Louise Rogers

Bass-ically Speaking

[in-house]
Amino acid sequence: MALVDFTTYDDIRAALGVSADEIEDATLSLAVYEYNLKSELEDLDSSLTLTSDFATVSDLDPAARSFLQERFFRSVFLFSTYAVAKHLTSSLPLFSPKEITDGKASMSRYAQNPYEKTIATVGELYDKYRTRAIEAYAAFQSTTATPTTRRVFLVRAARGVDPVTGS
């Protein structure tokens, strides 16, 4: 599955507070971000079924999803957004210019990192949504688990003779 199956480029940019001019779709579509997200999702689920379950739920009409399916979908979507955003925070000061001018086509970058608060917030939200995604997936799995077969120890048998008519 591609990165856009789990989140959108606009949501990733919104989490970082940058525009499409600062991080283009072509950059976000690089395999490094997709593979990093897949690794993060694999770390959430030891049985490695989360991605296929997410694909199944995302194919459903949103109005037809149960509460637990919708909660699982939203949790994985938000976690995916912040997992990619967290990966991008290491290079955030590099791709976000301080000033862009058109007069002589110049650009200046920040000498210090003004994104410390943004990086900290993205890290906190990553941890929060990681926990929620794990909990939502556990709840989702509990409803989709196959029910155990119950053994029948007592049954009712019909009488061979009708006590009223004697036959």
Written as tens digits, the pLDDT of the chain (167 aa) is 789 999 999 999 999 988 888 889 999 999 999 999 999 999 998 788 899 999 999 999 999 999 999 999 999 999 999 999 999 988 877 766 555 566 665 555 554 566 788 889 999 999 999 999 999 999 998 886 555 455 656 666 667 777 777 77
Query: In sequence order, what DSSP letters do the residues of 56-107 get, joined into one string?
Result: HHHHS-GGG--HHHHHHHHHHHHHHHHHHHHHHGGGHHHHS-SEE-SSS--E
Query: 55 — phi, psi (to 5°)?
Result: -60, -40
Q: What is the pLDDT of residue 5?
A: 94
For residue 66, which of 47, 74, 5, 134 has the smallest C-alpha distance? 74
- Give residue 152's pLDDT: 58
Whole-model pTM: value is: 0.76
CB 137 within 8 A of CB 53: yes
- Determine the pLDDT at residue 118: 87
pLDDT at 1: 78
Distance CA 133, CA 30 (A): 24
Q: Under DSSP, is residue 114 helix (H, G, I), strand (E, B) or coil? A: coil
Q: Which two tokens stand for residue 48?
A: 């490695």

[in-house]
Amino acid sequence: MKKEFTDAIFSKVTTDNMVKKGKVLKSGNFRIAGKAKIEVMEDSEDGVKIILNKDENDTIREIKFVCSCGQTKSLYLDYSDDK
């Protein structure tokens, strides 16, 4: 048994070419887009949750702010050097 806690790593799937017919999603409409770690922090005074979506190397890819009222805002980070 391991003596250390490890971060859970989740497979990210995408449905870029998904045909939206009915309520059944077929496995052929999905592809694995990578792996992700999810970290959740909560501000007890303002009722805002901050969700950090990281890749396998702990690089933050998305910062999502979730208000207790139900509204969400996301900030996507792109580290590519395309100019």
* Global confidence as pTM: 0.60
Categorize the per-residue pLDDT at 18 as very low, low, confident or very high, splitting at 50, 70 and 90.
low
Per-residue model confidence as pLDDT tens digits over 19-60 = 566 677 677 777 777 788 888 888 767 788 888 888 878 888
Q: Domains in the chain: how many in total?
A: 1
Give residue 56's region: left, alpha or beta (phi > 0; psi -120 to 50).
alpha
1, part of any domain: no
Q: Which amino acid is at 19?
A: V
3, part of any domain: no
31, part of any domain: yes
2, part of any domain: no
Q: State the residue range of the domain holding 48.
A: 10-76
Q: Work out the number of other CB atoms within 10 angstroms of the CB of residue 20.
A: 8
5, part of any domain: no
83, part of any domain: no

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Relatively few jazz vocalists have been confident enough to sing with only a bass to accompany them throughout an entire album. Fortunately, Louise Rogers has a pure voice that is adaptable to a wide range of material, from ballads to uptempo bop and even classical music, while Rick Strong (who alternates between acoustic and electric basses) provides the perfect supporting line in each case. Rogers is at her very best on the bop-oriented material, revisiting Annie Ross' hilarious adaptation of Wardell Gray's "Twisted" and getting the most out of Oscar Brown, Jr.'s childlike lyrics to Bobby Timmons' "Dat Dere" (while acknowledging Sheila Jordan's duo recording with bassist Steve Swallow), excelling with each of them. The vocalist uncovers a lost gem with the bop gem "Bass-ically Speaking," recorded previously by the Singers Unlimited (a fine vocal quartet that is unjustly overlooked). She scats in unison with the bass in a terrific scoring of "Autumn Leaves" that was inspired by the late Bill Evans' well-known recording. Rogers and Strong add just a touch of jazz to their stunning version of "Shenandoah," a favorite piece of American folk music. Her haunting treatment of classical composer Manuel de Falla's "Nana" is sensational, showcasing the beauty of her upper range. There are a few rough spots. An impressive take of "Willow Weep for Me" is undermined somewhat by the occasional addition of overdubbed harmony vocals. Singer/songwriter Jonatha Brooke's poppish "Angel in the House" and the limpid ballad "Peace on Earth" (composed by pseudo-jazz vocalist Rachelle Ferrell) aren't really suitable choices for the gifted Ms. Rogers. But this mostly laudable duo date should turn a few heads; hopefully, Louise Rogers' partnership with Rick Strong will be long-lasting and productive.

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